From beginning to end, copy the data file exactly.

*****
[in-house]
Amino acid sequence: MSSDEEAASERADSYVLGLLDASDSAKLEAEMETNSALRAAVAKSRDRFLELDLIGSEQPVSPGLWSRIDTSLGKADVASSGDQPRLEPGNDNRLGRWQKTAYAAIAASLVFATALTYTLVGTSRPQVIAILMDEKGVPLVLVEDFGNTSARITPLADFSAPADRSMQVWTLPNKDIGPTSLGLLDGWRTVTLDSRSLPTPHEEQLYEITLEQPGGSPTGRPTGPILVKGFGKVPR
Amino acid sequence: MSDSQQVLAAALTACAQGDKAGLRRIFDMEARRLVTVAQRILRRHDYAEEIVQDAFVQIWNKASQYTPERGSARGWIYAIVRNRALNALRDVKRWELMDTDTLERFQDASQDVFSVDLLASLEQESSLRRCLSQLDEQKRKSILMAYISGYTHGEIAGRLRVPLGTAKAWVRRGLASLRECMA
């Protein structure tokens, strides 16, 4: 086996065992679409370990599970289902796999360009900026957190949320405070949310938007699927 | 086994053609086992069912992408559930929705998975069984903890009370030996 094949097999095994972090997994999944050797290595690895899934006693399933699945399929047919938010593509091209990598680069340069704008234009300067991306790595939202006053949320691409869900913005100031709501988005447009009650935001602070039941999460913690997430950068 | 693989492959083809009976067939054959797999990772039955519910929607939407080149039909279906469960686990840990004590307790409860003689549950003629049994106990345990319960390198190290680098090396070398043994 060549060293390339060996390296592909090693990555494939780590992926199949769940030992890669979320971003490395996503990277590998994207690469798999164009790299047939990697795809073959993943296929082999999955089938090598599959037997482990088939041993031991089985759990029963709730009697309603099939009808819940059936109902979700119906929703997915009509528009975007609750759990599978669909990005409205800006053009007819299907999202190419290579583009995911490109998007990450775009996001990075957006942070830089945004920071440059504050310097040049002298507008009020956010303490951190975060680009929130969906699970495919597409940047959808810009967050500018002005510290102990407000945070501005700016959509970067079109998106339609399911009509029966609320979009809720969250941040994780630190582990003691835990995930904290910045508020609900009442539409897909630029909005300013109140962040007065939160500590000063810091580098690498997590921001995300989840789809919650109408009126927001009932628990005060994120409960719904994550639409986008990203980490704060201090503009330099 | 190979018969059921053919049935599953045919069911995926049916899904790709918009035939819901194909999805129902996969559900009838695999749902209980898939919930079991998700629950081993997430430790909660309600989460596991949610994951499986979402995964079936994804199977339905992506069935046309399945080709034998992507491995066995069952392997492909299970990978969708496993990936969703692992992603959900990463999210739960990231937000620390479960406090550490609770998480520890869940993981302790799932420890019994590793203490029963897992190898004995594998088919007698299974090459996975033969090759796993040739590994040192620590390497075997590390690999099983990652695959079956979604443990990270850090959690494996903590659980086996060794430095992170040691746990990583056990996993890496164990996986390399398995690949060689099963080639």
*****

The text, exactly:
[in-house]
Amino acid sequence: MSSDEEAASERADSYVLGLLDASDSAKLEAEMETNSALRAAVAKSRDRFLELDLIGSEQPVSPGLWSRIDTSLGKADVASSGDQPRLEPGNDNRLGRWQKTAYAAIAASLVFATALTYTLVGTSRPQVIAILMDEKGVPLVLVEDFGNTSARITPLADFSAPADRSMQVWTLPNKDIGPTSLGLLDGWRTVTLDSRSLPTPHEEQLYEITLEQPGGSPTGRPTGPILVKGFGKVPR
Amino acid sequence: MSDSQQVLAAALTACAQGDKAGLRRIFDMEARRLVTVAQRILRRHDYAEEIVQDAFVQIWNKASQYTPERGSARGWIYAIVRNRALNALRDVKRWELMDTDTLERFQDASQDVFSVDLLASLEQESSLRRCLSQLDEQKRKSILMAYISGYTHGEIAGRLRVPLGTAKAWVRRGLASLRECMA
């Protein structure tokens, strides 16, 4: 086996065992679409370990599970289902796999360009900026957190949320405070949310938007699927 | 086994053609086992069912992408559930929705998975069984903890009370030996 094949097999095994972090997994999944050797290595690895899934006693399933699945399929047919938010593509091209990598680069340069704008234009300067991306790595939202006053949320691409869900913005100031709501988005447009009650935001602070039941999460913690997430950068 | 693989492959083809009976067939054959797999990772039955519910929607939407080149039909279906469960686990840990004590307790409860003689549950003629049994106990345990319960390198190290680098090396070398043994 060549060293390339060996390296592909090693990555494939780590992926199949769940030992890669979320971003490395996503990277590998994207690469798999164009790299047939990697795809073959993943296929082999999955089938090598599959037997482990088939041993031991089985759990029963709730009697309603099939009808819940059936109902979700119906929703997915009509528009975007609750759990599978669909990005409205800006053009007819299907999202190419290579583009995911490109998007990450775009996001990075957006942070830089945004920071440059504050310097040049002298507008009020956010303490951190975060680009929130969906699970495919597409940047959808810009967050500018002005510290102990407000945070501005700016959509970067079109998106339609399911009509029966609320979009809720969250941040994780630190582990003691835990995930904290910045508020609900009442539409897909630029909005300013109140962040007065939160500590000063810091580098690498997590921001995300989840789809919650109408009126927001009932628990005060994120409960719904994550639409986008990203980490704060201090503009330099 | 190979018969059921053919049935599953045919069911995926049916899904790709918009035939819901194909999805129902996969559900009838695999749902209980898939919930079991998700629950081993997430430790909660309600989460596991949610994951499986979402995964079936994804199977339905992506069935046309399945080709034998992507491995066995069952392997492909299970990978969708496993990936969703692992992603959900990463999210739960990231937000620390479960406090550490609770998480520890869940993981302790799932420890019994590793203490029963897992190898004995594998088919007698299974090459996975033969090759796993040739590994040192620590390497075997590390690999099983990652695959079956979604443990990270850090959690494996903590659980086996060794430095992170040691746990990583056990996993890496164990996986390399398995690949060689099963080639």